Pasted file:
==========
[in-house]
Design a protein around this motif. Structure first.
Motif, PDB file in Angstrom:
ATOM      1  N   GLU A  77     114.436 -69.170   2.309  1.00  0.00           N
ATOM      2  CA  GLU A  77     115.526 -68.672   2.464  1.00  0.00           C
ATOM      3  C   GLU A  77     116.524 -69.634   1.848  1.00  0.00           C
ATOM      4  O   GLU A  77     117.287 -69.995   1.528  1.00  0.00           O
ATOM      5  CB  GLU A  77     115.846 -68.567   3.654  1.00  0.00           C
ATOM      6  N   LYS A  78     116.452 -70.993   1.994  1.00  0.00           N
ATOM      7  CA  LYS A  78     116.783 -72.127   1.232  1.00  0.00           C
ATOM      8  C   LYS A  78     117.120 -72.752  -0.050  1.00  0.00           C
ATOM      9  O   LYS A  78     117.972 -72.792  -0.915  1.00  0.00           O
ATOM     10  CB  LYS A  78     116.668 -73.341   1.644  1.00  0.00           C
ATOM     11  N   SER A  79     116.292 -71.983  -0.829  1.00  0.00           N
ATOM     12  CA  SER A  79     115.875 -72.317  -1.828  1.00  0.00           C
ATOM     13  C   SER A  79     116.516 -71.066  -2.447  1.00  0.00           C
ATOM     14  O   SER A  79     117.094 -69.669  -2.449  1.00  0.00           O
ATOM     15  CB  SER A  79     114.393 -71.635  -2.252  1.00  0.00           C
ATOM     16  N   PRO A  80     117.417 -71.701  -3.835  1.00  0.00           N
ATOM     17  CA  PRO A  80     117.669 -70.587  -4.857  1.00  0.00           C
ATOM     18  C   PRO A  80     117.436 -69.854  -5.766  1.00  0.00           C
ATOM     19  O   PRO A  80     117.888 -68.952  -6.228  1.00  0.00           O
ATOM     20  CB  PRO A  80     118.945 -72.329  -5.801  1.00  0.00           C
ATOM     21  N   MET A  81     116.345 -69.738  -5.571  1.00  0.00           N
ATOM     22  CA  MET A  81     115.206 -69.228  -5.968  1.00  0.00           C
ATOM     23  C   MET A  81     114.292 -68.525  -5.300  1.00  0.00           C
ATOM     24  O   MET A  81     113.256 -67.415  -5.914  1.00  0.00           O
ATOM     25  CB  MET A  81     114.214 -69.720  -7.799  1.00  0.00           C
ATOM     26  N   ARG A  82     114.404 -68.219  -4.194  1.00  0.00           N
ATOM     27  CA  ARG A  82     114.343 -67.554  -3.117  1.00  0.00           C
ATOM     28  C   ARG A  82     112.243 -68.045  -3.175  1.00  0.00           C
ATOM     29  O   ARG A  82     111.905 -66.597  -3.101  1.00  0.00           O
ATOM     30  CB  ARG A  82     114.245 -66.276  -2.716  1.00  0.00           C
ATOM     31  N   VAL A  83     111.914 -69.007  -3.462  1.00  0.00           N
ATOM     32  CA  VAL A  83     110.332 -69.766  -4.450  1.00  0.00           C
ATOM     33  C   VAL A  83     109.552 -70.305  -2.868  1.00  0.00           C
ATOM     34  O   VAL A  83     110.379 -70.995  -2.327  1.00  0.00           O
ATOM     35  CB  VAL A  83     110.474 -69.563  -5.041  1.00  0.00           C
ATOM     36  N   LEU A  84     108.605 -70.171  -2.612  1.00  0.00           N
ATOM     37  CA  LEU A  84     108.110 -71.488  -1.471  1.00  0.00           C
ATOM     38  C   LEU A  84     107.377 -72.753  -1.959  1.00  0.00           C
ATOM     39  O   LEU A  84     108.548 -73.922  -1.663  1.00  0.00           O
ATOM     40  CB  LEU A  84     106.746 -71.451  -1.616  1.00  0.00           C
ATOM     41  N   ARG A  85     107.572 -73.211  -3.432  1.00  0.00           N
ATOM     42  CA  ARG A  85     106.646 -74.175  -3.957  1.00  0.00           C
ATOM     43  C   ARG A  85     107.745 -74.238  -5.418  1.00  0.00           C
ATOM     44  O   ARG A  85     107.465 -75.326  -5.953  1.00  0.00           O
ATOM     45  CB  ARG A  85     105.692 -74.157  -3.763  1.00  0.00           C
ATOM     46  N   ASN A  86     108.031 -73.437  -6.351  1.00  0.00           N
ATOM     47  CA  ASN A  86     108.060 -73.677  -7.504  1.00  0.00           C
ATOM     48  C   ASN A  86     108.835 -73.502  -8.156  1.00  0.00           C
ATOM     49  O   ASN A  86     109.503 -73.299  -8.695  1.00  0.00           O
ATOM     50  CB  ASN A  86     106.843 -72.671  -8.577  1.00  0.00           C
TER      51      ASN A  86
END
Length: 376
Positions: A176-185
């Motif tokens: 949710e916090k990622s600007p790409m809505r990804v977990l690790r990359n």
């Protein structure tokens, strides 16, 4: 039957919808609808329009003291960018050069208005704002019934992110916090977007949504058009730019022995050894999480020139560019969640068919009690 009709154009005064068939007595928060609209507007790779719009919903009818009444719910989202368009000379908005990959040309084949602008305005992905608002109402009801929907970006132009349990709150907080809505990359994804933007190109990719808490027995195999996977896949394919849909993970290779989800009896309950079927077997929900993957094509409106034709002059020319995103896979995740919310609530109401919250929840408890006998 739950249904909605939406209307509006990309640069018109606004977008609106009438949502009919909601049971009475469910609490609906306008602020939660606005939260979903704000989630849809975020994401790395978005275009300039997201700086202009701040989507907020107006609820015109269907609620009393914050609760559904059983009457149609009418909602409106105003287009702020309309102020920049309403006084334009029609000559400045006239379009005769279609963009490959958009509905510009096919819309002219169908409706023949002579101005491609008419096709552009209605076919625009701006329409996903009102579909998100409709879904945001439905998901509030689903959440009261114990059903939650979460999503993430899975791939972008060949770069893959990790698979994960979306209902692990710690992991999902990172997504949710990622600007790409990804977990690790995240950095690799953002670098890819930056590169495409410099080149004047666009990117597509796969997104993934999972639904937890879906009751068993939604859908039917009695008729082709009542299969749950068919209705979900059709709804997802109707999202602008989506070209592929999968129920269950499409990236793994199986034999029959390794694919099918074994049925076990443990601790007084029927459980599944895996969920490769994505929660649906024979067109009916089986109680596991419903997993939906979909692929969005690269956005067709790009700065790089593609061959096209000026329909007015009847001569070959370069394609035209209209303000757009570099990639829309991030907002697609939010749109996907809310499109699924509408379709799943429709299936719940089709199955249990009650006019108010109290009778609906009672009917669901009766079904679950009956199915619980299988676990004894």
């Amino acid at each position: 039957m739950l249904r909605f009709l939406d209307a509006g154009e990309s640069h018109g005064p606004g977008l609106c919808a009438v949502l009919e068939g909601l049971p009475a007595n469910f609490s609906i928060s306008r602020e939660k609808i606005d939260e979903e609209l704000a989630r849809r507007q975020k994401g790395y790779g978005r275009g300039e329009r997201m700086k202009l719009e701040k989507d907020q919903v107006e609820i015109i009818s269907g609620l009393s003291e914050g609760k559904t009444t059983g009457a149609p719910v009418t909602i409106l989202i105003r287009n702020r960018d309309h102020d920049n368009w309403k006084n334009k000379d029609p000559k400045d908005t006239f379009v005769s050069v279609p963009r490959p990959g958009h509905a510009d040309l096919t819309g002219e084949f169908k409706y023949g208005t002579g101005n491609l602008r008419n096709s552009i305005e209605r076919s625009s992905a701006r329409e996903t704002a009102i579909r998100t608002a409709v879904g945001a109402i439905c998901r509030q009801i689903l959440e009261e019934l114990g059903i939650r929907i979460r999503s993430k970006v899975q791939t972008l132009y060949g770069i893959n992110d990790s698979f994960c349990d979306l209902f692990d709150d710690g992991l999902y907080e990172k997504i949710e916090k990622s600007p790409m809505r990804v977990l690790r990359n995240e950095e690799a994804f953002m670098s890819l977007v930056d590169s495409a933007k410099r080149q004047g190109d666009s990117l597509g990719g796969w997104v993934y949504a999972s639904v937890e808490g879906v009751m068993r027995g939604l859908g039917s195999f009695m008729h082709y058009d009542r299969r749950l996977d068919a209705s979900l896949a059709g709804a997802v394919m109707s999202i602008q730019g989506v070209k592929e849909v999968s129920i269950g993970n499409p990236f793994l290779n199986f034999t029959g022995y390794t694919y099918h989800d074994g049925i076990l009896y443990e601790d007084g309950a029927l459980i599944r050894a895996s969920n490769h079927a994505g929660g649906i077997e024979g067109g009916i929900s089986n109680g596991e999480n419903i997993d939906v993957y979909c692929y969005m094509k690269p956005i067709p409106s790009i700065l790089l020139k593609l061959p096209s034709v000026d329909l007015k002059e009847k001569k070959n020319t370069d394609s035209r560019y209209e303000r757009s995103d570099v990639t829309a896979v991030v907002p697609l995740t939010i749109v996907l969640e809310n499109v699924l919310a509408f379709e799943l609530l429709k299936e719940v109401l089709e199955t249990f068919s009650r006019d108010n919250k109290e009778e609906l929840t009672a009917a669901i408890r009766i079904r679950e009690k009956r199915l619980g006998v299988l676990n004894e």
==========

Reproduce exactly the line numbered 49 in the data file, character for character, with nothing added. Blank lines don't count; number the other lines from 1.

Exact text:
ATOM     46  N   ASN A  86     108.031 -73.437  -6.351  1.00  0.00           N